Aleteia: What about mainland China? Can you give our readers an overview of the religious persecution that is taking place there today?
Shea: There is no religious freedom in mainland China. All priests, pastors and bishops are required to register with the government in so-called “Patriotic” associations, after which they are constantly watched by the state’s high tech surveillance cameras and spies, and subjected to ministry long indoctrination of atheistic CCP doctrines and values, including its interpretation of Christianity.
Registration also requires pledging to remain independent, that is, independent of foreign powers, such as the pope. For this reason, Cardinal Zen has denounced the pledge as an act of apostasy. Under President Xi Jinping’s “Sinicization” directive, crosses have been taken down from some church exteriors, Jesus’ image as been replaced with Xi’s own portrait in interiors, all young people, under 18 years of age have been banned from churches and Bible studies, and homilies are required to be focused on Xi’s sayings. Church leaders must ensure conformity of their congregations to CCP thought and rules. Essentially they are being asked to preach Chinese communist doctrine.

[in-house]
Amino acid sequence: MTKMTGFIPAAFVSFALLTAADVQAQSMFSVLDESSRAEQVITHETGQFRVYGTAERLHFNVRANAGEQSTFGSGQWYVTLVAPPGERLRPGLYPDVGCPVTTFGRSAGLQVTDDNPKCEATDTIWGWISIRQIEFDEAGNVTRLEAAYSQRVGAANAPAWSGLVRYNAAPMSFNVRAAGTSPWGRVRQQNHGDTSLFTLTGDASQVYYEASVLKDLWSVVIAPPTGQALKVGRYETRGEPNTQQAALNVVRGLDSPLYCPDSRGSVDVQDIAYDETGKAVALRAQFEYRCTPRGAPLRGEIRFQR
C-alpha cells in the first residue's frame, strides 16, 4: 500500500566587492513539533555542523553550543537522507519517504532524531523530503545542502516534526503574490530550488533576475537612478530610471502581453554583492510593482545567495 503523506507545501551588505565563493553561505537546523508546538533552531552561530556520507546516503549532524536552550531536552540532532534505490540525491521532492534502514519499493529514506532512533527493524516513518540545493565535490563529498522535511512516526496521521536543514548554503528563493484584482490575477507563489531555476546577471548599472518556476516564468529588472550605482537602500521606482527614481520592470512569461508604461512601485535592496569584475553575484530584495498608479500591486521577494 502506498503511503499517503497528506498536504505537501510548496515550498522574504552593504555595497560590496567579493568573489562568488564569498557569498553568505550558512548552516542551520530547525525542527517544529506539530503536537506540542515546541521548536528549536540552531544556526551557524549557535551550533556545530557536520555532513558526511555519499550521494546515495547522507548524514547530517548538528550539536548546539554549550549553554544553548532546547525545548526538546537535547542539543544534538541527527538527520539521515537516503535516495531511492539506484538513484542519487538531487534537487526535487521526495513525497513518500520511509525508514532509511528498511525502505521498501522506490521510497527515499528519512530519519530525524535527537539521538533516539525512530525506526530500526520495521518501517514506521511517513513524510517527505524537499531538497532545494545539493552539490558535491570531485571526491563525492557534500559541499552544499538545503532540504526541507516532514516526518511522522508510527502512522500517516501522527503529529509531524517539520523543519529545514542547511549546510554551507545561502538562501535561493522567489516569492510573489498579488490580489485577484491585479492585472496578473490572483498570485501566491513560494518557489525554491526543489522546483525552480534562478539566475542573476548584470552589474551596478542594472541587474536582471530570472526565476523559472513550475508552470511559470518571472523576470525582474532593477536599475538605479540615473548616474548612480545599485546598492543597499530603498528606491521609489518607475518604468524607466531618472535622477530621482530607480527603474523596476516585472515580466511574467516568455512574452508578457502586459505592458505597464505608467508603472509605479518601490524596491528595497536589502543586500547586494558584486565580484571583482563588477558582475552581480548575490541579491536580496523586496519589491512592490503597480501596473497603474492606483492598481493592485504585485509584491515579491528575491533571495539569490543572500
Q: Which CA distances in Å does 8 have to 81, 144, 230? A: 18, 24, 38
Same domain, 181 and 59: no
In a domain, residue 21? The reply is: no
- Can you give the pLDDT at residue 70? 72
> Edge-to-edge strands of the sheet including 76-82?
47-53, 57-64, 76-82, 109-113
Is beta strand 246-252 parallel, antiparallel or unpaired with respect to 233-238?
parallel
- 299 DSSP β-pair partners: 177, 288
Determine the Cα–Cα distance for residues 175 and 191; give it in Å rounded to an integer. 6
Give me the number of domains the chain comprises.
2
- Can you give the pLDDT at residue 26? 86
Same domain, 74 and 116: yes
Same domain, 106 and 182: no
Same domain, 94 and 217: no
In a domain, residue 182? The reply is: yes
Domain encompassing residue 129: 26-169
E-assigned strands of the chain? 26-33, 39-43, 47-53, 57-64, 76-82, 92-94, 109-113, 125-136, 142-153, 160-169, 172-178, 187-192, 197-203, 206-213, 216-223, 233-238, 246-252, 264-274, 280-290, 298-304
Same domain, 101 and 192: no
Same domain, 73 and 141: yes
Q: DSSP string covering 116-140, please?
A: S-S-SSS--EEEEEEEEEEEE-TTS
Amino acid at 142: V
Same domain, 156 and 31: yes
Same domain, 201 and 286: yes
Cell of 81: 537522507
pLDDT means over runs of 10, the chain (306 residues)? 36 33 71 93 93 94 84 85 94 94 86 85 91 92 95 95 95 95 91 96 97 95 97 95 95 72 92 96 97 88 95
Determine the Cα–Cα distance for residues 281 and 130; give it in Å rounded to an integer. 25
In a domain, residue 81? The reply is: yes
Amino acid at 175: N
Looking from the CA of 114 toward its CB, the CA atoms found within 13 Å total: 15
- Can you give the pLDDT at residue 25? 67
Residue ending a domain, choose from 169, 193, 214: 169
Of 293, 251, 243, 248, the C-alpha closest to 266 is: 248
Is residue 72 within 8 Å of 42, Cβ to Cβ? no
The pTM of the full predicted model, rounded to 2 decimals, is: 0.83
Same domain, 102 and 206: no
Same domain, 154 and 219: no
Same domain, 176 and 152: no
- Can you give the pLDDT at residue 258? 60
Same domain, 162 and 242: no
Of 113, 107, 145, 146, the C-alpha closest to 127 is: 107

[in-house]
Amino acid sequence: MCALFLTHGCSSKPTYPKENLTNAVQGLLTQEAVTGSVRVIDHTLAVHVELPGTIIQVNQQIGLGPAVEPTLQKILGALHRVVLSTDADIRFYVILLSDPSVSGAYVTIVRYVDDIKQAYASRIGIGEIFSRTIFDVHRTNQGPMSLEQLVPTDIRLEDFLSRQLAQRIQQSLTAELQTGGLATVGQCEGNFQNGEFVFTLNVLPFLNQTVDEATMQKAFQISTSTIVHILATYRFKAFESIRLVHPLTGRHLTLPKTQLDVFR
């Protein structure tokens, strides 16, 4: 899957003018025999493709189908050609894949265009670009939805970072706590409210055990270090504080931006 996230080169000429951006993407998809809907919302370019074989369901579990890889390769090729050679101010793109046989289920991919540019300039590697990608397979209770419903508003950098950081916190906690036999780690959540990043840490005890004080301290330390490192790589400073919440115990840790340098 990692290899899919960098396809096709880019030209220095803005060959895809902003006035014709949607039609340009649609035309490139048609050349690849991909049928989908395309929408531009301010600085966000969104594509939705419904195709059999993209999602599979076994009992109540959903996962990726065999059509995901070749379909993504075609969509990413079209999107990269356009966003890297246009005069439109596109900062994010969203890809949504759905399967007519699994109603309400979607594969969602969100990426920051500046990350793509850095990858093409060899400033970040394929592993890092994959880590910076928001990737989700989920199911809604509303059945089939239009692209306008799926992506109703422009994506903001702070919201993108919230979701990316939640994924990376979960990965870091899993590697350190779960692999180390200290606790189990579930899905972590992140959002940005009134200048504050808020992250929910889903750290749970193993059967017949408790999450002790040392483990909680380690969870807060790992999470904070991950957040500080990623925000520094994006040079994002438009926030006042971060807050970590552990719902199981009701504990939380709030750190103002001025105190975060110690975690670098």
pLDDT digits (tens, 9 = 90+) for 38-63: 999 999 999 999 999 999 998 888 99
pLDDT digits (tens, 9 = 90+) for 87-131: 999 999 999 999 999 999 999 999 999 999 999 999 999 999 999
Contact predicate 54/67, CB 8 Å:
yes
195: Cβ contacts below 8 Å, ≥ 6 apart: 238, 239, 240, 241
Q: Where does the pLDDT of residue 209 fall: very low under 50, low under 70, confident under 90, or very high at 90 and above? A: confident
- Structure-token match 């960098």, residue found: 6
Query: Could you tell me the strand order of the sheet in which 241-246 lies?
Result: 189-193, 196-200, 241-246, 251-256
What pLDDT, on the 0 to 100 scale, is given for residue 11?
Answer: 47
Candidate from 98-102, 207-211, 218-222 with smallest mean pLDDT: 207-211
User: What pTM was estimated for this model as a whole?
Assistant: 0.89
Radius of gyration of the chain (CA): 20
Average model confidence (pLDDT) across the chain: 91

Bishop Vincent Zhan Silu, whose excommunication Pope Francis lifted as a precondition for the Vatican’s 2018 agreement with Beijing, seems to exemplify China’s new model of a Christian leader. Upon his appointment to head the Mindong diocese, he promptly led 33 diocesan priests to a “formation course” at the Central Institute of Socialism with the CCP’s local United Front, declaring with palpable fervor, “To carry out the sinicization of religion with determination, we will continue to follow a path that conforms to socialist society.”
Those who resist the CCP are sent to “black” (secret) jails where they are subject to brain washing and humiliating “struggle” sessions, much like those in the Mao period. By my count there are about six Catholic bishops, recognized by the Vatican, in black jails or otherwise confined today. They are also punished by multiple detentions. Some have been beaten, tortured or have had been stripped of government services, like running water, electricity and heat. Bibles and Christian literature are tightly restricted and new cyber laws went into effect censoring them online. What was before 2018 a Church that promised to be soon the largest of any country is seeing its future generation barred from any exposure to the faith, and its Christian teachings quietly swapped out for communist ones. The underground is in disarray as its bishops are rounded up and isolated – who will ordain the next generation of underground priests? Forty episcopal seats remain empty. It’s a dire situation.